I would dive headfirst into the performance rights issue except I’m still hung up over what happened to David Rehr. This is 2005 all over again, when Eddie Fritts left — or was forced out — after a conflict with the television board members. Sources suggest Rehr had similar problems with TV members.
TV board members are particularly unhappy the National Association of Broadcasters was not able to convince the FCC to proceed with the DTV transition in February, that it failed to obtain multicast must-carry rights for TV stations and couldn’t block the FCC’s so-called “white spaces” initiative opening up broadcast spectrum for shared use by other devices.
Those TV members. They pay big bucks for membership and throw their weight around while radio gets dragged along for the ride (some would say “and clean up the mess”). Part of me is sympathetic with broadcast owners who have suggested over the years that radio break away and form its own association; however the practical side of me believes this would be a losing proposition monetarily. On its own, radio would be hard pressed to drum up the amount of money it takes to paper the Hill for a given cause.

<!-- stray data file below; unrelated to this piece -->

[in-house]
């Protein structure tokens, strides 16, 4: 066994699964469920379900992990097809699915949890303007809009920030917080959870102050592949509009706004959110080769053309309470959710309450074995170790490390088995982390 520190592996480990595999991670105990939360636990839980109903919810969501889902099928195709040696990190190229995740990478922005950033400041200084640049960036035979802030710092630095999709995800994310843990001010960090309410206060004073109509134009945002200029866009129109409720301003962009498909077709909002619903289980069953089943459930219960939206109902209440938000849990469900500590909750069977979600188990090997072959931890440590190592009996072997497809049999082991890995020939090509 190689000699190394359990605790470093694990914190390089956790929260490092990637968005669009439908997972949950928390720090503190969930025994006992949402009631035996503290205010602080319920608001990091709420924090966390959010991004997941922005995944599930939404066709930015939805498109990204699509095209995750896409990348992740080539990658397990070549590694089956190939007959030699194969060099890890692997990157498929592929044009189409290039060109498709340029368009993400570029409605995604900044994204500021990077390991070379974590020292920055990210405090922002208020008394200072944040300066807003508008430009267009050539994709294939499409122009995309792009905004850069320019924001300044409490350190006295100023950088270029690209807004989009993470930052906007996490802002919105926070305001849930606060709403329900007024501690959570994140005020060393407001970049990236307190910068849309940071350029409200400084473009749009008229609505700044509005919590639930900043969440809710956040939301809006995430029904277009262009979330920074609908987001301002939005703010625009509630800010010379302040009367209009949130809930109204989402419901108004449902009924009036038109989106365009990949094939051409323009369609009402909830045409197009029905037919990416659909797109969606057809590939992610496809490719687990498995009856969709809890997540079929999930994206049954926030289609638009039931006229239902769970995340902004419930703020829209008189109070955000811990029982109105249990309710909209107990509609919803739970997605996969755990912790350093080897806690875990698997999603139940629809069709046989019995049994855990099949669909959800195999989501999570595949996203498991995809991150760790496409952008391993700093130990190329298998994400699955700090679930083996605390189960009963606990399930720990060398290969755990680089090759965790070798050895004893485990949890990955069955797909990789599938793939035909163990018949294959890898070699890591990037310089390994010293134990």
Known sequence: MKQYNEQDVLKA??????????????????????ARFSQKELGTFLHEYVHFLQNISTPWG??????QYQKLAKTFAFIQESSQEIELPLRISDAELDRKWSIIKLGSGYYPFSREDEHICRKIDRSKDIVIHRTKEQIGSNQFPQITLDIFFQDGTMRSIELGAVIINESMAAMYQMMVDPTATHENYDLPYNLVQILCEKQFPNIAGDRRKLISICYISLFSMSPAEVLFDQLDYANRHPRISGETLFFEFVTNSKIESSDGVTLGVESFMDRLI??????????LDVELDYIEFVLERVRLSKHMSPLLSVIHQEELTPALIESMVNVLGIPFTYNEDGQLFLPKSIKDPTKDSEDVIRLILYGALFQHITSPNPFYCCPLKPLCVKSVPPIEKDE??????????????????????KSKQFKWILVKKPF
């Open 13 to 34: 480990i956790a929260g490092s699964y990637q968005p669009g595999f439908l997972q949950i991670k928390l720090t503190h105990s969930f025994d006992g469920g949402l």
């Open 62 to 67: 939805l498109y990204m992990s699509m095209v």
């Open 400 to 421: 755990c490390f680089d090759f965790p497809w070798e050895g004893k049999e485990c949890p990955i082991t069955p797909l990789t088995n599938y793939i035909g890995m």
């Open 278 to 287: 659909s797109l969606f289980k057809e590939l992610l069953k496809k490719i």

In addition to a poor economy, radio is in the midst of a little thing called its own digital transition, which needs consistent money and lobbying efforts. More urgently, radio’s in a tough spot in the midst of a congressional fight with record labels over paying a performance royalty for copyrighted music. Rehr said to me recently he was telling members to prepare for a tough battle on this issue, one that began a year ago. Some members were squeamish about getting into a nasty battle, he acknowledged, but he felt this was the way to go.
The board knew about Rehr’s dramatic brand of lobbying when they hired him. Did they like that “scorched earth” approach then but not now? And if they had wanted someone with broadcast experience in the job, why didn’t they hire a TV executive? Because it seems they’re particularly smarting over the lobbying losses on the TV side.
Could it be they’ve discovered it’s hard to find someone who can both lobby and knows broadcasting? How shocking.
In the end, it’s one of those things that will be rumored about for awhile. Rather than one big thing, it’s usually a lot of smaller things that pile up over time, until one side or the other says “This isn’t working.” Rehr won’t talk; he’ll be looking for another gig. And the board members who do, have an agenda for their “leakage.”
Leading NAB is like trying to herd cats. TV and radio have different priorities and agendas; further, the big-market stations vs. small-market stations have their respective needs as well.
We can only hope that this time around, the board, which says it wants to get someone new in there quickly, hires someone it is willing to support — and not just when things seem to be going well.